The Gil Hamilton stories are set in the future, complete with everyday space travel and blasters. Gil is a cop who goes after organleggers- people who murder others to sell their organs. So, sci-fi/pol proc or similar. But Gil lost an arm, but his mind doesn't recognize that, so he has a psionic arm (a psi construct of an arm). While it's not as strong as his original arm, he can still use it to great effect. So we're getting into paranormal territory as well.
I already loved science fiction. Because of these boundary-bending stories, I started seeking out mystery/detective books and paranormal (we called it something else) stories as well.
To this day, if you mention a paranormal scifi cop book, you have my undivided attention.

PAH said...

So I am probably better off going with "Science Fiction" instead of the more agnostic "Speculative Fiction"???

(It's not /really/ sci-fi, but it's set in the not-so-distant future and there are elements of sci-fi and there's one very odd and important element that's more fantastical than anything... thus why I was going with Speculative.)

E.M. Goldsmith said...

Ok. I nearly fainted when I found the Reef sharkless this morning. I really must swim in wider waters.

So I am going to call my work fantasy in that peaky nether paragraph of my query and let the agent ponder all the possible sub-catagories: horror, paranormal romance, dragon porn, etc

french sojourn said...


Miles, that reminds me of one of my favorite detective stories. "Do androids dream of electric sheep". The movie version wasn't bad either, Blade Runner.

Sam Mills said...

The nice thing about SFF is that we're already used to mash-ups. I looove finding books with the imaginative settings of spec fic layered with the plot-centric structures of other genres. (Robert Jackson Bennett wrote some fantasy spy novels; Scott Lynch has fantasy heists; numerous authors have reimagined a zillion historical periods via -punk and sometimes utilize the style, e.g. epistolary; urban fantasy spiraled out of detective plots; weird westerns; etc)

Currently on my TBR pile: Six Wakes by Mur Lafferty (locked room mystery with clooones in spaaace); Kings of the Wyld by Nicholas Eames (getting the band back together). Er and more I'm sure, I'm away from my stack. *_*

Colin Smith said...

While Jeff Somers' book WRITING WITHOUT RULES (which every writer reading this blog needs to own, and I'm really not kidding) is centered on writing, one of the things Jeff helps disabuse us of is the idea that there's any set way of how things work in publishing.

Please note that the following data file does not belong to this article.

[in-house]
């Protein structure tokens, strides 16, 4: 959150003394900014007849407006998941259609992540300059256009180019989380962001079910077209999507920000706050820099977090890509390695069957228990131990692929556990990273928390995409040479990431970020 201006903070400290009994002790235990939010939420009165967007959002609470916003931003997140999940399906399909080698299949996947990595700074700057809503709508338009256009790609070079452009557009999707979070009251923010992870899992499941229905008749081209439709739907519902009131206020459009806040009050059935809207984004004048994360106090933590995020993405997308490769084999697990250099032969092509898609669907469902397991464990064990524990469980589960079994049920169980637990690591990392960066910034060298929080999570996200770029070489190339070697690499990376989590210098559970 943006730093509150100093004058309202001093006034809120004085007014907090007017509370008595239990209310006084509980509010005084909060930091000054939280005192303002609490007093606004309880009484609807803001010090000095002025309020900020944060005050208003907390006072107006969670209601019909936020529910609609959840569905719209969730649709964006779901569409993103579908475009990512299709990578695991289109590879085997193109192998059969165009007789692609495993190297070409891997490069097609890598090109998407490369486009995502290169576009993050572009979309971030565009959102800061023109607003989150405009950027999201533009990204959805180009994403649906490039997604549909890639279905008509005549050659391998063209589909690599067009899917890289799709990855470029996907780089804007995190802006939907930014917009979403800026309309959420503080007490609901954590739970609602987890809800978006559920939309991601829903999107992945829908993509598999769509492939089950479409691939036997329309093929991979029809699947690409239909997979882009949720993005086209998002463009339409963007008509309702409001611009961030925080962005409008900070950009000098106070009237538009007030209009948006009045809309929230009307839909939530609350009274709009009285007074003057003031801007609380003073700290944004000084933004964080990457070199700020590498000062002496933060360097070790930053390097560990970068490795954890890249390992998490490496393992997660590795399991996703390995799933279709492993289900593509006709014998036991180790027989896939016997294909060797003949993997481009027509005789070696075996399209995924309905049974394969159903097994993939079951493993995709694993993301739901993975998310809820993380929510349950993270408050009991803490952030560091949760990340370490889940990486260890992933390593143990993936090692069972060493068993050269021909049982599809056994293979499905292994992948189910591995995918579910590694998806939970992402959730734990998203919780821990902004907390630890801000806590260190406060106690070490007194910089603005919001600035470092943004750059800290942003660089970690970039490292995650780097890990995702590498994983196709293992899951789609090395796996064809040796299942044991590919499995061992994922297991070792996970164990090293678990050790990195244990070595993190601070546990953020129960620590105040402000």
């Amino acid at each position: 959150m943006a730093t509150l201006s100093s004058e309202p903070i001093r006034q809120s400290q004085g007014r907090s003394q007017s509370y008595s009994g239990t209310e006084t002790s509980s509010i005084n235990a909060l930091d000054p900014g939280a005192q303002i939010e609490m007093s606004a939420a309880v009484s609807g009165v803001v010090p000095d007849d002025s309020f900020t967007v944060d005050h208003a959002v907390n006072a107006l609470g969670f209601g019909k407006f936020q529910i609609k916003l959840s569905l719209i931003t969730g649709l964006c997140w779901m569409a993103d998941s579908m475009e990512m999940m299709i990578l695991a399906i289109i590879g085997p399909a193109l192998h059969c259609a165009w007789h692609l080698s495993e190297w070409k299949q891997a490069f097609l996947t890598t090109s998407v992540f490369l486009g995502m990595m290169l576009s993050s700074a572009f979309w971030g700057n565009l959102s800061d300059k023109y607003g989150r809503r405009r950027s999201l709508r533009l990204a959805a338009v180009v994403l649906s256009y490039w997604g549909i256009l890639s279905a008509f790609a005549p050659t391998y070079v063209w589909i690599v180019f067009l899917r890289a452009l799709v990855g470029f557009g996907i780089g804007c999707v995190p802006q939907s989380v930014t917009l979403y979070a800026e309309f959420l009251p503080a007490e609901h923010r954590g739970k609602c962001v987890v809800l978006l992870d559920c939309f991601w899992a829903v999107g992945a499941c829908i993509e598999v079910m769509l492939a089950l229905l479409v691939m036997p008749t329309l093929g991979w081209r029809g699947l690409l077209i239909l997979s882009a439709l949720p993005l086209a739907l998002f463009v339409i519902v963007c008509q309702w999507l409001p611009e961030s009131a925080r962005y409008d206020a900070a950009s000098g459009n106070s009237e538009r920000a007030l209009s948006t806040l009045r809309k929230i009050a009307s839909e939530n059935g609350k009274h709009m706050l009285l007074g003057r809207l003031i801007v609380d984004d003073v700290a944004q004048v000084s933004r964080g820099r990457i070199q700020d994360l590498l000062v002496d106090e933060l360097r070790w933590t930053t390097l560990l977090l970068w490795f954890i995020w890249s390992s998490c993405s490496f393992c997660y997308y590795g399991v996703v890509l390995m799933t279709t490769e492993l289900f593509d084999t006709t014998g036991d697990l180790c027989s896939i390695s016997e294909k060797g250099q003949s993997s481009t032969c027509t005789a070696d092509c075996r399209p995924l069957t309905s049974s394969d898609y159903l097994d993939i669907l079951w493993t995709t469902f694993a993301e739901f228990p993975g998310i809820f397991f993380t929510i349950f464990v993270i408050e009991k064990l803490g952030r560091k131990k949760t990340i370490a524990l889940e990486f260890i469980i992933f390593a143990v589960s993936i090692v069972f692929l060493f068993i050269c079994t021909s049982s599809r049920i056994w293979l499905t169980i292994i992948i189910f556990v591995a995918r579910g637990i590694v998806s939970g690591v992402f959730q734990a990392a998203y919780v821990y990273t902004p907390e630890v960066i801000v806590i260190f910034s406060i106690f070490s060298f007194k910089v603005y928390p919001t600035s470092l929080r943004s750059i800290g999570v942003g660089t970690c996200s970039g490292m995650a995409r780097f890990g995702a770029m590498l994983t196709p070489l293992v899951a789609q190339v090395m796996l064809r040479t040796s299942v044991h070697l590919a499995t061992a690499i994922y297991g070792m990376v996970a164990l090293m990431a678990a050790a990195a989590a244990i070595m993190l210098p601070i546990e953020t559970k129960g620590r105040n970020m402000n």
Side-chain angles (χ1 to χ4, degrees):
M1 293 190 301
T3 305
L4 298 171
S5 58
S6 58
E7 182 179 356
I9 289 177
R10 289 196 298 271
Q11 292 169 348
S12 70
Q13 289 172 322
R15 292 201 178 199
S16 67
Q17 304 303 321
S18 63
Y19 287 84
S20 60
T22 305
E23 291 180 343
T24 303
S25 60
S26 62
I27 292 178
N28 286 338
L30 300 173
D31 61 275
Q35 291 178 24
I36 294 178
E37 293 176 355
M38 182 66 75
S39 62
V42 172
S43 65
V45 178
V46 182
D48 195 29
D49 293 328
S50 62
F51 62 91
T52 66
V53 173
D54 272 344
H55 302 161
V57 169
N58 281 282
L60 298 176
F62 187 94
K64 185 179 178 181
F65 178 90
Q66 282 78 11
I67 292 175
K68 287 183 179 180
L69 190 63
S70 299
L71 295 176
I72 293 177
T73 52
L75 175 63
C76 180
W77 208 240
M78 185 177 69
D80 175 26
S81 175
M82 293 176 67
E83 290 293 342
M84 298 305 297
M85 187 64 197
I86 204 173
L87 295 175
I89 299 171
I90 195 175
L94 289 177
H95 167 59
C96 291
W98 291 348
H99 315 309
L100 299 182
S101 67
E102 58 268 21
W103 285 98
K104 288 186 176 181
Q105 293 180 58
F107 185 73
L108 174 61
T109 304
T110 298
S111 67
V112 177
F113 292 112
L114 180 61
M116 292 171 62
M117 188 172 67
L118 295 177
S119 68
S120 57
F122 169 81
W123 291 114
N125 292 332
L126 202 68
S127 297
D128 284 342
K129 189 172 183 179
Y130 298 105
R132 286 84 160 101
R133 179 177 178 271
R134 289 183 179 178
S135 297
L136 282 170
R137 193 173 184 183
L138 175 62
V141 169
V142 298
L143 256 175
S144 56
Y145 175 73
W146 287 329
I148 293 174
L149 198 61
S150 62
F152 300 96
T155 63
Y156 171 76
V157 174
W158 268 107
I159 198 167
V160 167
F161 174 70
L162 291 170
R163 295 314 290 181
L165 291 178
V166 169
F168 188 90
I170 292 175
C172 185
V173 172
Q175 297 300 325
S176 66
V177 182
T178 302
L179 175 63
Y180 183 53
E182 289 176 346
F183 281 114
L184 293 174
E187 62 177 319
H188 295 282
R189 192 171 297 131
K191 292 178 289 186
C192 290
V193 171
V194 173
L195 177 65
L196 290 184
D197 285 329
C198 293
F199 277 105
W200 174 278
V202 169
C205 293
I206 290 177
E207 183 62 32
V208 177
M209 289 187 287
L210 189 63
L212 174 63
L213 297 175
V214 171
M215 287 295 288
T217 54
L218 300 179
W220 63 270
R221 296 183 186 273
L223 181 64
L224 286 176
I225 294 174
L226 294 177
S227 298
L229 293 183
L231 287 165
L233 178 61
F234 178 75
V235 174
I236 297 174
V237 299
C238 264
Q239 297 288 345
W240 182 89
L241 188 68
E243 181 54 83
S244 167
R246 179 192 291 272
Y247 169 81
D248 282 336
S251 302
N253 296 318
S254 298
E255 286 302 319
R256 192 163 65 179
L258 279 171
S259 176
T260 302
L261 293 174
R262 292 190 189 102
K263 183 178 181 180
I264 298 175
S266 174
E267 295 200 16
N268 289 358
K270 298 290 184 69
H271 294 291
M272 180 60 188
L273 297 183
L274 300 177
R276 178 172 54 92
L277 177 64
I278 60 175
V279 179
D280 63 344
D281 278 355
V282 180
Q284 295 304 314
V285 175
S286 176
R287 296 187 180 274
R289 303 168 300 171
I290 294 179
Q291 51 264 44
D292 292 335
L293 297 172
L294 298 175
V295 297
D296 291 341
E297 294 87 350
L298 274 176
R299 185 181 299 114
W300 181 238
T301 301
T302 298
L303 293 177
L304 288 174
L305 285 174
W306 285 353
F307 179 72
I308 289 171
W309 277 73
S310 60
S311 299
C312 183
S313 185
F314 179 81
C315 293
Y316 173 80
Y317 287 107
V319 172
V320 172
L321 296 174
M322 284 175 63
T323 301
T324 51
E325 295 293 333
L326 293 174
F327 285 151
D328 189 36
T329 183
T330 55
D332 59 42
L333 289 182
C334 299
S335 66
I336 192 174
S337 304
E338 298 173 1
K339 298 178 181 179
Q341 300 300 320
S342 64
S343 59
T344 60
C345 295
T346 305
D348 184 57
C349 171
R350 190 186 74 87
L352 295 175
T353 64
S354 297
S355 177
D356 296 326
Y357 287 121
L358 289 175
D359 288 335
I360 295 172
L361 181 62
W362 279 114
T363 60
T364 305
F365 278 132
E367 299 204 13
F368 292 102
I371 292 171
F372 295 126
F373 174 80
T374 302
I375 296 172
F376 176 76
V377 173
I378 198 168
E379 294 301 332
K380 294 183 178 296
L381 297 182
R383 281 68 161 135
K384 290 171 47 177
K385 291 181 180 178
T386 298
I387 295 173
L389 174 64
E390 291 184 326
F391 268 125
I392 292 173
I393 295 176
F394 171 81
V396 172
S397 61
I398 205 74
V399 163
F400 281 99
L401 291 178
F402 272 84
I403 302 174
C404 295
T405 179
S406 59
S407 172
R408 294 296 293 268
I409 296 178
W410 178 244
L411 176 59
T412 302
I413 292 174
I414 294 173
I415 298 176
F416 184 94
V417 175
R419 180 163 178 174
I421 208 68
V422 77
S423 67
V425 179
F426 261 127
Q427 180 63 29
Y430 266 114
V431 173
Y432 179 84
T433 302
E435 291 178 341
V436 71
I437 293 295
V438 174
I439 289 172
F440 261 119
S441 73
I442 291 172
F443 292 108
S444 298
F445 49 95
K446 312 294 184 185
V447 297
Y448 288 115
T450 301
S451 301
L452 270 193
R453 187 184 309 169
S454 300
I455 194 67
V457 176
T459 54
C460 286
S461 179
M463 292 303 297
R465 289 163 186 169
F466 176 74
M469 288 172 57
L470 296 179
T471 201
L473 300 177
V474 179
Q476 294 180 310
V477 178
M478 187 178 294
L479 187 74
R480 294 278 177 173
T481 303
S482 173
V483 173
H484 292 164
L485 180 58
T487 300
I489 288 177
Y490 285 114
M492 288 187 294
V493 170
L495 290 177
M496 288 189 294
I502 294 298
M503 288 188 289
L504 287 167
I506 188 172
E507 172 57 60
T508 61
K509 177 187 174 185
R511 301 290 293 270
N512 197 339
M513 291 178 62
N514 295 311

One thing matters to a writer: doing work that people will buy and read. Follow query guidelines as well as you can (aside from the housekeeping which you ALWAYS put last). Take your best stab at getting the category right, and don't be unnecessarily verbose, but don't sweat the small print. Keep your eye on what matters.

Seriously. Get the book. I think Jeff's is the first craft book (including King's masterpiece) where my recommendation is borderline command, and without hesitation or qualification. You're a writer? Buy the book.

Carolynnwith2Ns said...

Ha, so you thought you hit "publish" and you actually hit "draft." Well sweetheart, I cannot tell you how many times I hit "publish" when I should have hit "draft."

Um, writing "one million words" is easy.
I just did.
Bada bing bada boom.

BrendaLynn said...

The confusing issue for me is Suspense vs Thriller. Or Suspense/Thriller and its plethora of subgenres. I've also been told to list whether my book is Adult, Young Adult, etc.
As writers we look at our work and see nuances and inflections because we are invested in the world of our novel. I suspect that the business looks at our work and sees marketability, and rightly so.
Get 'em to the till (or the library) first.

Jennifer R. Donohue said...

I think Alan Moore's JERUSALEM is also rumored to be a million words? I haven't picked it up other than to process it for barcoding at my library, so I can't comment regarding readability.

It's funny, in my rejections sometimes, genre magazines tell me that a story is "too literary" and literary magazines, well, those are always forms and I've stopped submitting to them, by and large. Speculative fiction is just what I write, be it science fiction, fantasy, or just some weird shit ^^

In other news, I got married this morning! I figured the Reef might be interested.

Joseph Snoe said...

My semi-serious theory is a lot of stories have the same elements but are categorized based on time and place.

A man out to avenge the murder of his son set in 13th century England is a historical novel. The man rides horses or carriages, fights with swords or knife or arrows.